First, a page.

American Culture · American Literature · Classic · Collection · Confessional · Contemporary · Poetry

Charles Bukowski


I’ve memorized all the fish in the sea
I’ve memorized each opportunity strangled
I remember awakening one morning
and finding everything smeared with the color of
forgotten love
and I’ve memorized
that too.

I’ve memorized green rooms in
St. Louis and New Orleans
where I wept because I knew that by myself I
could not overcome
the terror of them and it.

I’ve memorized all the unfaithful years
(and the faithful ones too)
I’ve memorized each cigarette that I’ve rolled.
I’ve memorized Beethoven and New York City
I’ve memorized
riding up escalators, I’ve memorized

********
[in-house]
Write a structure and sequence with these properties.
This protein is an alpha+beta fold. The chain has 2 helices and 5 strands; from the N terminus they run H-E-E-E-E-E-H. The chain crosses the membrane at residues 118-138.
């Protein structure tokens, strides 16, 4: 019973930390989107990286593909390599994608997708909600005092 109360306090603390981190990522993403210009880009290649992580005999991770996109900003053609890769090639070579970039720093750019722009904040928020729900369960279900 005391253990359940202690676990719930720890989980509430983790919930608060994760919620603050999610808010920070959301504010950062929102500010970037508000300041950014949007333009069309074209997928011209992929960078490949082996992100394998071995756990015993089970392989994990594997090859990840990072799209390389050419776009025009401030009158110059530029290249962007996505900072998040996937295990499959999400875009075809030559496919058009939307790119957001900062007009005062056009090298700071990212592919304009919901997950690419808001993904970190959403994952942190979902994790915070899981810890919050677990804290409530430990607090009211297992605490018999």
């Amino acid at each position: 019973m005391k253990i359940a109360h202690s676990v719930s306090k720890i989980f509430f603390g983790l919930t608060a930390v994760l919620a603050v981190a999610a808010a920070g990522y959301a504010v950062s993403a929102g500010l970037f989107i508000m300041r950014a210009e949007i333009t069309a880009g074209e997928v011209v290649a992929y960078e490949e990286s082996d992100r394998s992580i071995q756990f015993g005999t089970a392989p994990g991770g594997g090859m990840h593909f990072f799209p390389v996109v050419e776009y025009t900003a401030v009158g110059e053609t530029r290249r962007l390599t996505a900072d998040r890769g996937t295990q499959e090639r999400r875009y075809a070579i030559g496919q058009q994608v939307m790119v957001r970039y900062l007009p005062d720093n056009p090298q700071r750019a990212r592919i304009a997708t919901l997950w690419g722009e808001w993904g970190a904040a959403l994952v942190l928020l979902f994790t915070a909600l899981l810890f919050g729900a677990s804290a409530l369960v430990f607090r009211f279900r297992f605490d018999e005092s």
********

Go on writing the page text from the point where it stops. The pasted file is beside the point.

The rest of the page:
Chicago and cottage cheese, and the mouths of
some of the ladies and the legs of
some of the ladies
I’ve known
and the way the rain came down hard.
I’ve memorized the face of my father in his coffin,
I’ve memorized all the cars I have driven
and each of their sad deaths,
I’ve memorized each jail cell,
the face of each new president
and the faces of some of the assassins;
I’ve even memorized the arguments I’ve had with
some of the women
I’ve loved.

best of all
I’ve memorized tonight and now and the way the
light falls across my fingers,
specks and smears on the wall,
shades down behind orange curtains;
I light a rolled cigarette and then laugh a little,
yes, I’ve memorized it all.

the courage of my memory.

Charles Bukowski, What Matters Most is How Well You Walk Through the Fire (Ecco, 2002)


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